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We need more time to make the right decision about the SDC campus

Sonoma Developmental Center: What one hears and reads

Community sentiments are clear. The holidays are over, the articles have been written, open discussions have been aired. The time approaches where Sonoma County must recommend a revised plan to the State of California about the SDC’s future or settle for one of three unpopular and under-imagined plans.

Time is an issue!

The importance of the SDC’s future to the Sonoma Valley should require more time for the Board of Supervisors to make a proposal to the State reflective of Valley citizenry. This puts the monkey on the backs of Assemblywoman Cecilia Aguiar-Curry and Senator Mike Maguire. They have to know the immense citizen (voter) concern regarding this issue. More time is needed. Let these representatives know they need to contact all parties starting with the governor about the need to extend the decision making time and involve state representatives in the process. There is a need to move forward in a unified manner.

Community viewpoints: Working towards a consensus

Whatever you read, it’s clear the community does NOT want a hotel, multiple dwelling units, large housing tracts, or a major development of any kind. There is some support for housing on a moderate scale as long as there is real affordable housing, not market rate housing.

900 acres of mountainside

It seems like a no-brainer that the 900 acres of SDC forestland and mountainside that border Jack London State Park should be annexed to this State owned wilderness. In a single act the legislature could enlarge a popular state park and reduce the tensions over “What is to be done about a major portion of the SDC?” If Senator Mike Maguire can pass legislation for a hiking-bikeway from Willits to Eureka, he certainly can arrange for 900 acres of State property to be placed in safe keeping away from commercial development.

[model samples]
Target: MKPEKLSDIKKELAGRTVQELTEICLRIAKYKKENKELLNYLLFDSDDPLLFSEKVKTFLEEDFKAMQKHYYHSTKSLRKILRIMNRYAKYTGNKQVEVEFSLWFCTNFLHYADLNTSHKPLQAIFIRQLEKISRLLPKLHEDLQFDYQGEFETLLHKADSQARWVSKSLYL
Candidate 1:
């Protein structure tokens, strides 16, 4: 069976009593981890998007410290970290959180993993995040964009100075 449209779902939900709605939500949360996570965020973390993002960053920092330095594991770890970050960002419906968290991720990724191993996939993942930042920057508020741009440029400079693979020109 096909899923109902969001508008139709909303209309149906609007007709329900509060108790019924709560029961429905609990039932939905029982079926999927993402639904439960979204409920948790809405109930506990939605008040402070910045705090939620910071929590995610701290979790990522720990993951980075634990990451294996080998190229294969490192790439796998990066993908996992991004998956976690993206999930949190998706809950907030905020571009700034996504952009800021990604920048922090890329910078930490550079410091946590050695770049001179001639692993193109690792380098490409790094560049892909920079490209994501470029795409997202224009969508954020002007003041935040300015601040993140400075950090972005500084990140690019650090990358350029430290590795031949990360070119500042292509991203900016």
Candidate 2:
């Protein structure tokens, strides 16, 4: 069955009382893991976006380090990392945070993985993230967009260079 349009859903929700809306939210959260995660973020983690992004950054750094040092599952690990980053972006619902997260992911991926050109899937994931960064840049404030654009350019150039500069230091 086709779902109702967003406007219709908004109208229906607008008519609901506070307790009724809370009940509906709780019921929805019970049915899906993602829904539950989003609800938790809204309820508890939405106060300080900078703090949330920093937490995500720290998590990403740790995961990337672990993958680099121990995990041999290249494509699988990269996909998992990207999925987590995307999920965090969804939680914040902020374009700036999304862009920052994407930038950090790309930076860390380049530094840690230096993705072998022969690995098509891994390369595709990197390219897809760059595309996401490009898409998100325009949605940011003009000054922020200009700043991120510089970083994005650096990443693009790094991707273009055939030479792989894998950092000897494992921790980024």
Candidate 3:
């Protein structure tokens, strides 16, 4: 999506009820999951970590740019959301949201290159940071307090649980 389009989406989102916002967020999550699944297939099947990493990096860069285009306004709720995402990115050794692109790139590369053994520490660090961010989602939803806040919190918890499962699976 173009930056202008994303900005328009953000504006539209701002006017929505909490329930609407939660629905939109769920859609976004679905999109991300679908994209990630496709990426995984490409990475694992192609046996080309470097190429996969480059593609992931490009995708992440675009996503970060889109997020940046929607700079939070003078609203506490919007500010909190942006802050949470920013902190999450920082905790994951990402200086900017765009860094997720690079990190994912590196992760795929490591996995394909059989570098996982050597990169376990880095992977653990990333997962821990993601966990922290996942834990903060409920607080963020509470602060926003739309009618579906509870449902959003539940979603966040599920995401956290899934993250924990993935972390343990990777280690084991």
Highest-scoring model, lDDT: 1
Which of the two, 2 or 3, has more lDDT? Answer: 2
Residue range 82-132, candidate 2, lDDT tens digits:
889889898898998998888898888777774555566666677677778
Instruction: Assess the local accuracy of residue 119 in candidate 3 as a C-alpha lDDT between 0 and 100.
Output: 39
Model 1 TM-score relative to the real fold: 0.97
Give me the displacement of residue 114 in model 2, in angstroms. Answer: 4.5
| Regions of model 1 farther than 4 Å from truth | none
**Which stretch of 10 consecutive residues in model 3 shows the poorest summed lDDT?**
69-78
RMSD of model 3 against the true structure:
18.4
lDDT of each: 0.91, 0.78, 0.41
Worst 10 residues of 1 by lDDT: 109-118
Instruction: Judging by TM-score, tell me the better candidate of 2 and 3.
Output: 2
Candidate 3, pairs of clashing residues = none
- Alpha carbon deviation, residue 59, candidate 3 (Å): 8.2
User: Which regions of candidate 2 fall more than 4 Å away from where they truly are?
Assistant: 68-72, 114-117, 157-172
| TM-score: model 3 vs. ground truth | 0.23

It’s a campus!

At the community on-line discussion in early December it was stated several times that SDC should remain an educational campus with an emphasis on health care. SDC was created for that purpose, and that is how many believe it should be continued. The goal would be to bring educational-cultural institutions to the SDC grounds. That’s not new! The Sonoma Ecology Center has been on campus for a number of years.

Numerous organizations might find the SDC-Sonoma Valley an ideal location for their headquarters or adjunct facilities. A few examples…

Local conservation organizations

Sierra Club, Sonoma Land Trust, Sonoma County Conservation Action, Nature Conservancy, and the Sonoma County Resource District to name a few.

Educational-health organization non-profits

Sonoma Valley Educational Foundation, Edutopia: George Lucas Educational Foundation, National Alliance on Mental Illness (NAMI), Blue Shield,

Santa Rosa and Sonoma Community Health Centers, and our local schools from CSU Sonoma to K-12. What an ideal locale for science, ecology and outdoor recreation classes.

County offices

Supervisor’s regional office, agricultural office, offices currently located in other parts of District One like road naintenance, sustainable water commission, registrar of voters, and many others.

State offices

The State of California has many departments and agencies spread across Sonoma County. Where appropriate, establish them at the SDC campus.

Revenue Questions and the Old Buildings

The State of California allowed the structures to deteriorate and it is estimated that the cost of maintenance and repair is as high as $100 million. Eamon O’Byrne of the Sonoma Land Trust argues in a cogent article in the Kenwood Press (12/15/21) that it is a state responsibility to

Fund the necessary repairs

Improvements…. There is debate over the older buildings on campus. Dave Ransom and the Sonoma Housing Group believe they should be used for affordable housing. The State has had experience utilizing older structures. In 1953 when UC Santa Barbara moved from “in town” to Goleta there were two permanent buildings, Science and the Library. Classes, offices, and administration were housed in WWII barracks and buildings that served the nearby Marine Air Base. The air base became the Santa Barbara Airport. The UCSB campus slowly grew as state budgets allowed. Certainly similar decisions and planning can be applied to the many older SDC structures.

Citizen participation is essential for a good outcome!

Watch for meeting notices in coming days! Express yourself! Call, write letters, attend meetings and communicate your desires to the Board of Supervisors and State Representatives about the most important decision for shaping the future of Sonoma Valley.

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